And so I came to the summit of the 180th Munro since being diagnosed with terminal cancer, on my sixtieth birthday, with my favourite mountain people. There was even a bit of a view. I popped a bottle of fizz and shared it round. It was a good feeling, but I was getting cold and there was another squall coming over. Much as I would have liked to hang around at the summit and recuperate from the climb with a sandwich, my body told me to keep moving; never be more than two of cold, tired, wet and hungry. I ate as much as I could stomach and packed my pockets with stuff to munch on the descent. The rain continued until we were off the summit, after which, to my surprise, it brightened up a little.
The going down was hard work, but at least it was not raining; the path is stony and irregularly stepped. After a while I remembered that unremitting upward slogs are not in the least compensated for by unremitting downward slogs. Some even say that coming down a mountain is harder on a body than going up. I know this myself from several difficult descents on for example the Aonachs, Glencoe and the Black Mount, but I always seem to forget this on the way up, telling myself that when I get to the top the work will be done, that because soon gravity will be on my side, it will become easier. I am always wrong of course. I was one of the last to return to the carpark, but I was not the only one nursing sore limbs, cramping muscles and stiff joints. It was getting on for five. The midges were still fierce. We repaired to reconvene at a local hostelry, where we ate heartily before heading home in our various directions.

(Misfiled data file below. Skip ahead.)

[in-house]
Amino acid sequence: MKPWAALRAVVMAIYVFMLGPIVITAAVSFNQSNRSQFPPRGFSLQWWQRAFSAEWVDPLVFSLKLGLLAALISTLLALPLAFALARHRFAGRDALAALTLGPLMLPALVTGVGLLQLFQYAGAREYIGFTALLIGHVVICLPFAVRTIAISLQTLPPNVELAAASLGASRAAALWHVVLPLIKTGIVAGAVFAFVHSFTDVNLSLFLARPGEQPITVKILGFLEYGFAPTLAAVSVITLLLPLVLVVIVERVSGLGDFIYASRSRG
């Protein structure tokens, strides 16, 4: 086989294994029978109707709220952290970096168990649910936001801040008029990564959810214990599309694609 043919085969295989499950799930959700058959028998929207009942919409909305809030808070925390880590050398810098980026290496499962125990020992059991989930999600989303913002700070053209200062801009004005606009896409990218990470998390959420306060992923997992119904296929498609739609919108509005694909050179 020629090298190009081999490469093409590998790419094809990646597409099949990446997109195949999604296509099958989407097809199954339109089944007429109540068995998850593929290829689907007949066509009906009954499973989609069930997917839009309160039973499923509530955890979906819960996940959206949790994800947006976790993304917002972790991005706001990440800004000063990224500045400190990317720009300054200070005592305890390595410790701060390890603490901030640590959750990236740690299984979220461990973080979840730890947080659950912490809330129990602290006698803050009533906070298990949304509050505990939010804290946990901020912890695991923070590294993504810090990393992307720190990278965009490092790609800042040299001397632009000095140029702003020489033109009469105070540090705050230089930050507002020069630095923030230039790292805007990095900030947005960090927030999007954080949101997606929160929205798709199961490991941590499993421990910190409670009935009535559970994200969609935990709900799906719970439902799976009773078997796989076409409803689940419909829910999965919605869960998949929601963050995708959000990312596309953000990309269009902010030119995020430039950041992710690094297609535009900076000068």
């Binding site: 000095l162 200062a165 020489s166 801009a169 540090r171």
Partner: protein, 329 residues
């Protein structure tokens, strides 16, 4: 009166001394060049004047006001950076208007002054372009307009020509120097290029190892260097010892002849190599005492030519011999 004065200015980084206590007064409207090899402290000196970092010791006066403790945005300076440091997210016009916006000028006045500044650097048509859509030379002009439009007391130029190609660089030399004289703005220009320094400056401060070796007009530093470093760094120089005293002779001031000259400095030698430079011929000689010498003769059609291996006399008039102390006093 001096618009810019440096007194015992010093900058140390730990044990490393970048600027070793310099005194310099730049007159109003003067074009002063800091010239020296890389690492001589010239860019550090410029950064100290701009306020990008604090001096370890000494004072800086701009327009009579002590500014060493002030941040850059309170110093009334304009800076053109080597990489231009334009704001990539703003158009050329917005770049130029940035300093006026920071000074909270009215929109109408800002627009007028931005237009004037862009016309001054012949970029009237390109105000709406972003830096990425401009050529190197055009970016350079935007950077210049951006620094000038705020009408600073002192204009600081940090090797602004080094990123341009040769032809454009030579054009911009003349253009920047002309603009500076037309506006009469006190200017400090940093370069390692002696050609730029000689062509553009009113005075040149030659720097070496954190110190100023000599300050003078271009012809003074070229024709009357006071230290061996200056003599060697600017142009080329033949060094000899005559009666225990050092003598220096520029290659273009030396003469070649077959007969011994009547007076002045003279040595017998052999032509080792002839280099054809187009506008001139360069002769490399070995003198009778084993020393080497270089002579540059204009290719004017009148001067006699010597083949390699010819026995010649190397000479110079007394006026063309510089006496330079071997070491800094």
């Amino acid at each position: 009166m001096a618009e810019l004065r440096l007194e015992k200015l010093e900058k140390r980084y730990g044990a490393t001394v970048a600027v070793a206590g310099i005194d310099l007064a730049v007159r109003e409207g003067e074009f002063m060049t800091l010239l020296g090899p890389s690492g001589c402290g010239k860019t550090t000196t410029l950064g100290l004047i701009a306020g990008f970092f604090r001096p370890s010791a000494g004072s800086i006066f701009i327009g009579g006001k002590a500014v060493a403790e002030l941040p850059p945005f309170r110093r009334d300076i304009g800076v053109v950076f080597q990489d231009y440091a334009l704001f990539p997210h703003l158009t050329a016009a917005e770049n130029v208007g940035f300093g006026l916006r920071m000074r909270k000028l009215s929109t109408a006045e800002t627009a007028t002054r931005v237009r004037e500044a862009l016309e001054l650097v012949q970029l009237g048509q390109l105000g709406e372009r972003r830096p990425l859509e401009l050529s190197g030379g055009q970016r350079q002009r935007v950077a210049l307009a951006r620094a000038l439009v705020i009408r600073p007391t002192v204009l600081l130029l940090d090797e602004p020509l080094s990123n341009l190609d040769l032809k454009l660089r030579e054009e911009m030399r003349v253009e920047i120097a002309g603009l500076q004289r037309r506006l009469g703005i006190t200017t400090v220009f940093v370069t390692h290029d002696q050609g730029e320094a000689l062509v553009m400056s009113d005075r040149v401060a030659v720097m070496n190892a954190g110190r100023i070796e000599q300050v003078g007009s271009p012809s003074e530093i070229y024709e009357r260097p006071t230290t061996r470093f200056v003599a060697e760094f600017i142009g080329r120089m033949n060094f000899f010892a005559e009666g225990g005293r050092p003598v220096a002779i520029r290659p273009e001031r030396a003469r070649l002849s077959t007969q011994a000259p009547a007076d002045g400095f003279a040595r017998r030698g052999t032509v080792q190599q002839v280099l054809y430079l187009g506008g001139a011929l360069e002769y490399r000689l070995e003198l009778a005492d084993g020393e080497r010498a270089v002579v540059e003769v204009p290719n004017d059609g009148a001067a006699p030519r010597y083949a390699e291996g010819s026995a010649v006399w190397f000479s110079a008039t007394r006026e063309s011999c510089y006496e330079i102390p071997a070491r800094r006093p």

What a wonderful way to celebrate my sixtieth birthday! What an achievement! After chemotherapy, radiotherapy and a barrage of collateral damage, here I was again, overcoming the weakened condition of my body by climbing a mountain, digging deep into my reserves, determined again to be alive! Like I said, I would have chosen a day with better weather to climb this mountain, and the next day I felt it badly; my calves refused to work at all. It was difficult to get out of bed and I had to go downstairs sitting, or sideways very carefully. It was another day before I was able to walk without limping and creaking. After a week, I felt as if I was finding some sort of core strength, my ability to recover had recovered, so to speak. Ten days later I believe I am out of the final cycle at last, and feel sure I will get up a mountain or two again soon. I will certainly choose a day with better weather, although it is unlikely that I will ever find better company than on Ben Lomond.
Many thanks to all involved. You know who you are.
Love and Peace.